The Fall of the Angels
Biblical evidence suggests that there have been at least two falls or cataclysmic wars among the angels—one before the creation of human beings, led by the fallen seraph (or cherub according to some accounts, but definitely not an archangel), Lucifer (cf. Isaiah 14, where the King of Babylon is compared to him), and a later much less organized rebellion having to do with sexual sins and other unlawful actions committed against material creatures (cf. Gen. 6:1-4, Jude 1:6-7). However, this second war may also have been instigated by Lucifer; he may have tempted angels who had not yet been exposed to the test of sin. In any case, spirits, like men, do not achieve sanctity without effort.
Duties of the Archangels
Archangels are appointed as the guardians of mortals. For example, Saint Michael is the protector of Israel, the general region of Palestine, and the Catholic Church as a whole (cf. Daniel 10:13-21). The archangels also command lower-ranking angels such as our own personal guardian angels. Because of their nature as protectors, they try to remain impartial if at all possible during violent conflicts among humans. In fact, Saint Michael himself refused to take sides during the Old Testament conquest of Palestine. When Joshua asked him, “Are you for us, or our adversaries?”, the archangel famously replied, “No; but I am the commander of the army of the Lord. Now I have come” (Jos. 5:14-15). We should imitate Saint Michael’s universal concern for all God’s creatures and his humble recognition that there are no true winners in warfare. He did not even condemn Lucifer when the fallen angel tried to stop him from collecting Moses’ body, but simply said, “The Lord rebuke you” (Jude 1:9). Let us likewise entrust all judgments to God.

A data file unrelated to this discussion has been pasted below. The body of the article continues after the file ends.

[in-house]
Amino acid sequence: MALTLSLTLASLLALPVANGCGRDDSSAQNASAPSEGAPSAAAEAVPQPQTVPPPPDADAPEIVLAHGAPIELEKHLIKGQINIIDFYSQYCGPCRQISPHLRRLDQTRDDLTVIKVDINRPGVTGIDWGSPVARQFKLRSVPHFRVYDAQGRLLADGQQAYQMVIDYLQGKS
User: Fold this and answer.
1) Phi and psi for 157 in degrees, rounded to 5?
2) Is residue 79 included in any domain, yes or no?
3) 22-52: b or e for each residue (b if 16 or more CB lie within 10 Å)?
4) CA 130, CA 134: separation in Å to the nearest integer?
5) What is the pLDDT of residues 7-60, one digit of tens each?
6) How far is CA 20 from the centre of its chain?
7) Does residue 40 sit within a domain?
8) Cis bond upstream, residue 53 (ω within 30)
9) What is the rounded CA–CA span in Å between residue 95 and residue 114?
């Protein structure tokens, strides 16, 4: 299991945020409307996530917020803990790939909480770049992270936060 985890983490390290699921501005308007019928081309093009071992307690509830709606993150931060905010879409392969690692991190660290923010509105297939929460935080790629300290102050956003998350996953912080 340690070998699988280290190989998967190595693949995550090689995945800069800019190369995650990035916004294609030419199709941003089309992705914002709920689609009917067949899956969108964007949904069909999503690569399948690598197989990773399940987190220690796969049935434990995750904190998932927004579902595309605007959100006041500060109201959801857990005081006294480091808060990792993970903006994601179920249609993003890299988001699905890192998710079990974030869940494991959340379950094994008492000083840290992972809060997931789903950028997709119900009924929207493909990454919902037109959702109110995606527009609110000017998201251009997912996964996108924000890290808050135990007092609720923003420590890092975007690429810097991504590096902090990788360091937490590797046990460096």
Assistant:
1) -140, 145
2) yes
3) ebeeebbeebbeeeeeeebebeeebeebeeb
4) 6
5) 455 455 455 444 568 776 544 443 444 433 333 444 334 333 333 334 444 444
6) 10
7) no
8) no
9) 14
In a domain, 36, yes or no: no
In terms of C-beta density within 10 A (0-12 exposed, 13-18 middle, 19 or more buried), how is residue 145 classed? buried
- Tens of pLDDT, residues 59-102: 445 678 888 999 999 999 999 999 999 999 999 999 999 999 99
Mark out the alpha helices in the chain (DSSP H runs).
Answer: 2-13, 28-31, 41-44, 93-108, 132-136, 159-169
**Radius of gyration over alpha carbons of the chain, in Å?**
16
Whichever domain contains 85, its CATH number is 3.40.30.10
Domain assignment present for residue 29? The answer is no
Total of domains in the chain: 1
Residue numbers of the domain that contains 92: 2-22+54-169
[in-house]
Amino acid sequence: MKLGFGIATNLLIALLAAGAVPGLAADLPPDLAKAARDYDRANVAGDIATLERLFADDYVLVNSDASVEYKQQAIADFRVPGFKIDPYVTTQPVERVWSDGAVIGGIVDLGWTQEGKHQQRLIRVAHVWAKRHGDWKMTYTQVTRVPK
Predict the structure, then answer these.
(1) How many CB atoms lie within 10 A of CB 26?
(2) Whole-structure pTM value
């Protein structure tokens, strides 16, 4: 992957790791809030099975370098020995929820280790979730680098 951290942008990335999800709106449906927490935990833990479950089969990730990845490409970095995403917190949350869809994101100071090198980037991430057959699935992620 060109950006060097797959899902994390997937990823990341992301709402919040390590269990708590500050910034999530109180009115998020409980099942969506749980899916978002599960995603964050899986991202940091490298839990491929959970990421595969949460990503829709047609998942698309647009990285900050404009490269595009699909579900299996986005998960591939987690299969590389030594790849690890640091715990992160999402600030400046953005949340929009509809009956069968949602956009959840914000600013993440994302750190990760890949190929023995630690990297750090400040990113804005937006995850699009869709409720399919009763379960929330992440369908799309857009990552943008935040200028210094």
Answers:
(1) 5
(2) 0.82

Names and Domains
We shall use only the most common name for each of the seven archangels, and after providing an analysis of the meaning of their names, we shall describe their proper domains and patronages.